There are people who first migrated to the plains from the hills and then moved to Kathmandu. This group will have attachment not only with the plains they left behind but also with the hills which they left much earlier. They still hope to get back to those places of their origin. This is how we are creating bi-locality and multi-locality. In the next 10 years, we will have a completely different picture. Members of the commission should have taken this reality into account.

But that is easier said than done, especially since members of the commission were under strict time pressure. 

I understand that it is easier said than done. I am telling you this because the current boundaries will stay for 20 years. If you look at 2011 census, hill-to-plain migration has drastically decreased, compared to a decade earlier. The only exception is the far-west. So we should have considered all these aspects, as far as possible. Political leaders and even members of CDC at times seem to have worked with faulty notions of geography.

What are those faulty notions you allude to? 

There are three understandings of geography. One is a layman’s understanding based on map, rivers, hills and general knowledge. The other is what we teach in classrooms. This includes human geography, physical geography and regional geography. Political leaders here have considered only physical geography and focused only on boundaries, landmass and areas. But our concept of geography encompasses both the place and the people.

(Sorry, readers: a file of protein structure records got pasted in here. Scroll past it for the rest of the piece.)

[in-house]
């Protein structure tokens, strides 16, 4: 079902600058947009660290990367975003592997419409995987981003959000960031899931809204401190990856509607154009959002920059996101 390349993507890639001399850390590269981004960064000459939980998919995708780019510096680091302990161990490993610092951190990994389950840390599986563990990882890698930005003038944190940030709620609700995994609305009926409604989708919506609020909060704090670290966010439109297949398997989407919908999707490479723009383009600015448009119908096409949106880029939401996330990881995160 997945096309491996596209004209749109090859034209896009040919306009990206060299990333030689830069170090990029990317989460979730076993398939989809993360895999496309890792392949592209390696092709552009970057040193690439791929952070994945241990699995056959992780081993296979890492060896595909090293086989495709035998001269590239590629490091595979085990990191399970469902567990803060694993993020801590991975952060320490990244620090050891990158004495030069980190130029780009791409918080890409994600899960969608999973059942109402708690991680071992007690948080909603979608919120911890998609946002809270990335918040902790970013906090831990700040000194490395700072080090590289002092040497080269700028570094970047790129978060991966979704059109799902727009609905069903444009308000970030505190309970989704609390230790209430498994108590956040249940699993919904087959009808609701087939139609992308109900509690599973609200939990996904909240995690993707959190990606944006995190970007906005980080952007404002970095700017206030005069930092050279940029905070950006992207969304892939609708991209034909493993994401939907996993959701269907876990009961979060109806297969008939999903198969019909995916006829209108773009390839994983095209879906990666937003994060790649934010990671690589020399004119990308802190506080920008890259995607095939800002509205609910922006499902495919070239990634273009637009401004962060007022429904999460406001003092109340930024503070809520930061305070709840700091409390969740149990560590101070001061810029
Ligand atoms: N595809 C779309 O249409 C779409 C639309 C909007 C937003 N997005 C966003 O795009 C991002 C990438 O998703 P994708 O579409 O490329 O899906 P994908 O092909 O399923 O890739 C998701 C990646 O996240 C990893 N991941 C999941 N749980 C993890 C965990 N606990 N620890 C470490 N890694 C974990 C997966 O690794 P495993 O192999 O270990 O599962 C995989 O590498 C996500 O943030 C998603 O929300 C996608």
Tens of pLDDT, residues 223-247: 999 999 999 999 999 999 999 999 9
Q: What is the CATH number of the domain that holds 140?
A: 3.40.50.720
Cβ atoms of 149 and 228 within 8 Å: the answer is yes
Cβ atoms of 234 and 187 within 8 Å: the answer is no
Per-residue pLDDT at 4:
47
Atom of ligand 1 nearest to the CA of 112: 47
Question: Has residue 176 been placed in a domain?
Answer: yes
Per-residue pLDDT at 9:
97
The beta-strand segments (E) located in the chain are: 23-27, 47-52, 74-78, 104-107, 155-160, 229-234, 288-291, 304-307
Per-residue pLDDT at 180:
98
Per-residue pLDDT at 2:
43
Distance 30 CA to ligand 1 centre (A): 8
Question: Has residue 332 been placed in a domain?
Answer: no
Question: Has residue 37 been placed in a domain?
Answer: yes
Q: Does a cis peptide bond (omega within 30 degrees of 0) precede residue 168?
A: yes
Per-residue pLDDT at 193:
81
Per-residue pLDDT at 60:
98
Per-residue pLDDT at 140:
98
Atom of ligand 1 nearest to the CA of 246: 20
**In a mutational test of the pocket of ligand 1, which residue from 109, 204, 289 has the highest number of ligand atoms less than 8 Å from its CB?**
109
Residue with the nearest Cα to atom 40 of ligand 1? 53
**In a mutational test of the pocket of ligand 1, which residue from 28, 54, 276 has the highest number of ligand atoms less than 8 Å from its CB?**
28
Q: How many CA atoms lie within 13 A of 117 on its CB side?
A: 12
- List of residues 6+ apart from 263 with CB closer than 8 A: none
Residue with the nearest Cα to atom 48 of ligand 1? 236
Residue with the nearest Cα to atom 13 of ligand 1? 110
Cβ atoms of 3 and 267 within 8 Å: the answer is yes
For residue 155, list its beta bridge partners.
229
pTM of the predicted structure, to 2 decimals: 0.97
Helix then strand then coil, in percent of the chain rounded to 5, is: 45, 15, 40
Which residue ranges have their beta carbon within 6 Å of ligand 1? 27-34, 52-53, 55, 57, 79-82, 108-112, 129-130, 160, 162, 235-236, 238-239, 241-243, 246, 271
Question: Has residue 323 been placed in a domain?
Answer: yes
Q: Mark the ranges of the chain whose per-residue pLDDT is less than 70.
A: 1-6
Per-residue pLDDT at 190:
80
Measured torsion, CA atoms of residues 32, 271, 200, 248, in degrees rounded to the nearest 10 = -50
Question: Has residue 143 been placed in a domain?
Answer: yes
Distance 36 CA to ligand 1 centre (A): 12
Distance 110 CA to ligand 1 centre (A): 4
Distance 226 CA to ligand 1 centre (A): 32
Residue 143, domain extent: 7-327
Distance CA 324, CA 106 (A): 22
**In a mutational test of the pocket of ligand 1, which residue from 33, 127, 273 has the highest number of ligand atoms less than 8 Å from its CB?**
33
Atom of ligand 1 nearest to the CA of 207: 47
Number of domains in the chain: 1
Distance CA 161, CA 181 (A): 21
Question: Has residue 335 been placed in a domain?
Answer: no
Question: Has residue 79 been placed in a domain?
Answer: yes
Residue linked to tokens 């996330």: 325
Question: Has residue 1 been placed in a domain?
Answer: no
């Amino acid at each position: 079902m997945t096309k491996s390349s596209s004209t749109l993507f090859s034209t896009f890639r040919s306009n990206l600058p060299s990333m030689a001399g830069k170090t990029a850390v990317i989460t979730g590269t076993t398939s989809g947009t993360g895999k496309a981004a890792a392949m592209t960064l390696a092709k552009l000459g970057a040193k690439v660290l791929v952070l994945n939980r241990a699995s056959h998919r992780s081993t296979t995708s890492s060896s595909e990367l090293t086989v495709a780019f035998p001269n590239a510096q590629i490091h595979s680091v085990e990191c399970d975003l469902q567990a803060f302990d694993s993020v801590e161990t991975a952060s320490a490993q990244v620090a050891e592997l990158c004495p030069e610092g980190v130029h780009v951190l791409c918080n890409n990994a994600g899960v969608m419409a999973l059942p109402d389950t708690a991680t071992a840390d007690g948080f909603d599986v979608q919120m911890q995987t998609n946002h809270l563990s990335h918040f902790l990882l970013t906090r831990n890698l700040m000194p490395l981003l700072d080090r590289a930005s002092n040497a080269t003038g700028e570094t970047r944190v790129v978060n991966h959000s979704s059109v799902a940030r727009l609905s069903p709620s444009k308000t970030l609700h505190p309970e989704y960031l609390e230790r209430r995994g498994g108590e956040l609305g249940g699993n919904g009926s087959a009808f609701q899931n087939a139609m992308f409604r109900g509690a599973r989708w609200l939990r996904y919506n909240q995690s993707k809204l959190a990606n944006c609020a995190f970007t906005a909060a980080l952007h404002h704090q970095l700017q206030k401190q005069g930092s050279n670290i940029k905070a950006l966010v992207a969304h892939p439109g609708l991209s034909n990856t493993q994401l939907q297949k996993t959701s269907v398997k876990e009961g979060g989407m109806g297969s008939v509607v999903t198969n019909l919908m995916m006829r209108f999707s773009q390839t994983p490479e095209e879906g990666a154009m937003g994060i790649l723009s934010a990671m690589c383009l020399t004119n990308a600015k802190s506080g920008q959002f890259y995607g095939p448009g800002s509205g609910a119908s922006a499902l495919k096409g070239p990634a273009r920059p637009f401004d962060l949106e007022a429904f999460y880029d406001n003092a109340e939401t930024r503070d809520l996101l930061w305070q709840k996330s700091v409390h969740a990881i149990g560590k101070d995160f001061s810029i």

Geography is the interaction and interrelation between the two. It includes economic interrelation between two regions. Thus, in a way, eastern hills and eastern plains become one geographic unit as they are economically interrelated. It would not be appropriate to demarcate parts of eastern region as hills and remaining parts as Tarai as their people, geography and society are interconnected. You cannot limit a person to a fixed geography. But this aspect of geography was overlooked while demarcating electoral constituencies.

The constitution says electoral constituencies will be demarcated based on ‘population’ and ‘geography’. It does not specify the weights that are to be ascribed to these two factors. The CDC gave only 10 percent weight to geography, while 90 percent weight was given to population. Was this a fair assessment? 

If you look at the international practice, normally, electoral constituencies are not drawn based only on geography and population. Rather five general principles are followed in doing so: impartiality, transparency, non-discrimination, representativeness and equality. The most important is impartiality. That means the authority that determines electoral constituencies must be impartial first. This is where we failed. The officials inducted into CDC were biased towards the political parties that nominated them. 

The second mistake they made was that they focused only on number of people, not their distribution. As a result, hills and mountains lost seats. Most hill districts lost one seat each. 

What in your view would have been a fair breakdown of the percentages of population and geography?